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January 20, 2019

Finding balance as a mum

If there is one word that would define most mothers is balance. As a mother, wife, worker, sibling, child, Christian and plain human being. I find myself a juggler of sorts valiantly trying to balance the various expectations and responsibilities placed on my lap. If not careful, it is possible to find that in this fast paced life, my family, and more so my children, take the back burner.

Yet if there is one area in my life that I have purposed to guard with all due diligence it is that; my family. That decision has taken me through various journeys first as a stay at home mom, then as a woman working flexible hours and then as a fully fledged working mother. It has limited my options significantly and sometimes even affected my finances. I have had to refuse career opportunities that would have made a significant difference in terms of both career and economic advancement because it meant more hours away from my children. It has meant doing with less sleep as I play catch up with assignments first as a student and later as a lecturer; it has also meant cutting down on chamaas and other social events to create time to be available. Choices that have sometimes been painful but for which I have no regrets.

It has been one roller coaster of a journey. Times when I have felt on top of the world and validated as my children begin to act out lessons painfully taught; but there have also been times when I have wanted to put a brown bag over my head and move to never never land in hiding. As a younger mother, I definitely had more energy to deal with some of the drama when Tj and Toriah were growing up, but as an older mother to Thayu where I lack in energy I make up in the wisdom of realising that it takes a village to raise a child and it is okay to accept help sometimes. I have less energy true but I also have less false guilt.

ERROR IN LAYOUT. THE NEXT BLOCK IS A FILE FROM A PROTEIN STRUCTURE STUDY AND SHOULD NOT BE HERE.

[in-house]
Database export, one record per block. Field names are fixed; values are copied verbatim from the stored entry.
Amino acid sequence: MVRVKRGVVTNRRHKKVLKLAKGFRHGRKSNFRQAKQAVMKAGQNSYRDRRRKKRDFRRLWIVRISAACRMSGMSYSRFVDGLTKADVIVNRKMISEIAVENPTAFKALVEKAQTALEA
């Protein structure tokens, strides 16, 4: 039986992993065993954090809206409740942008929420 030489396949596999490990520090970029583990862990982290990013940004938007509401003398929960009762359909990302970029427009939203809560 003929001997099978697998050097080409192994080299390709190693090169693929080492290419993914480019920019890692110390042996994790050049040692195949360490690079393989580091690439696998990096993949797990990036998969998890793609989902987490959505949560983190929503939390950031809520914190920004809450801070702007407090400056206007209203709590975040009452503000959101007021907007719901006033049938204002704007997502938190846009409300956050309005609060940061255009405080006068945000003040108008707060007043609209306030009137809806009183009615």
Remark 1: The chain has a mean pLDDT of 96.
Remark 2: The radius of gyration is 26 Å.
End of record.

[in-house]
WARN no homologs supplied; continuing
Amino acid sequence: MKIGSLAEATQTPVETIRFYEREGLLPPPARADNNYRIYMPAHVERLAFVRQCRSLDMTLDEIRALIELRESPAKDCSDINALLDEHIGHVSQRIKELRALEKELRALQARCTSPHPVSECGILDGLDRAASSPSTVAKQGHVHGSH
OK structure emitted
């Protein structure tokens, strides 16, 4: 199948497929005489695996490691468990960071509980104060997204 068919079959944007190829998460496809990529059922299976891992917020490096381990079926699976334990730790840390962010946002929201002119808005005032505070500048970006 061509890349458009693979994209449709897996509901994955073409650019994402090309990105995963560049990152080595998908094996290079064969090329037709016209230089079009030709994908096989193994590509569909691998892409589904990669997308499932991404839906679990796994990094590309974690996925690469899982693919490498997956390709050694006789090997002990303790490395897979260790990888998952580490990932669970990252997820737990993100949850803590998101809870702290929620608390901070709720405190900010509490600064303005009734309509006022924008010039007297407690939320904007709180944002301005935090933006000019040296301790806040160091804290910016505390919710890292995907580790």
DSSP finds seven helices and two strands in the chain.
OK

Light years ago, when I still had a waist line and was caught up in the corporate dream, years before I became a mommy; there was nothing more I dreaded than the thought that one day I would become a mother and have to trade in my ‘exciting’ life with the dull reality of diapers, poop and drooling babies. I could never have been more wrong. As I have journeyed on this path, I realise that nothing could beat the excitement of hearing your child speak the first time, first as a toddler learning to speak and later as a teenager making a speech; or the joy of receiving a gift from your baby albeit it being weeds that you must wear in your hair because they make mummy pretty.

Yesterday we went to visit a friend as a family. The children were playing in a different room while the adults visited. After a little while, Thayu came to me holding a white rose which he gave me with a hug before returning to play. Everyone was impressed. I have no idea where he got the flower from but I can guess he must have taken it from a bunch somewhere, but the message was very clear to me. Mom I love you. It brought flash backs of many other flowers most picked, some wilted, that I have received over the years from his older brothers. Flowers that quickly fade as girls and other more interesting pursuits pick their interest as they age.

Although I thought my life as a mummy would be one big drudgery, I could not have been more wrong, because no matter how many more books I write or degrees I acquire or people I mentor, nothing can beat the feeling of pudgy hands on my cheeks as my son plants a wet kiss on my face or the exciting journey of helping this little boy become a man.

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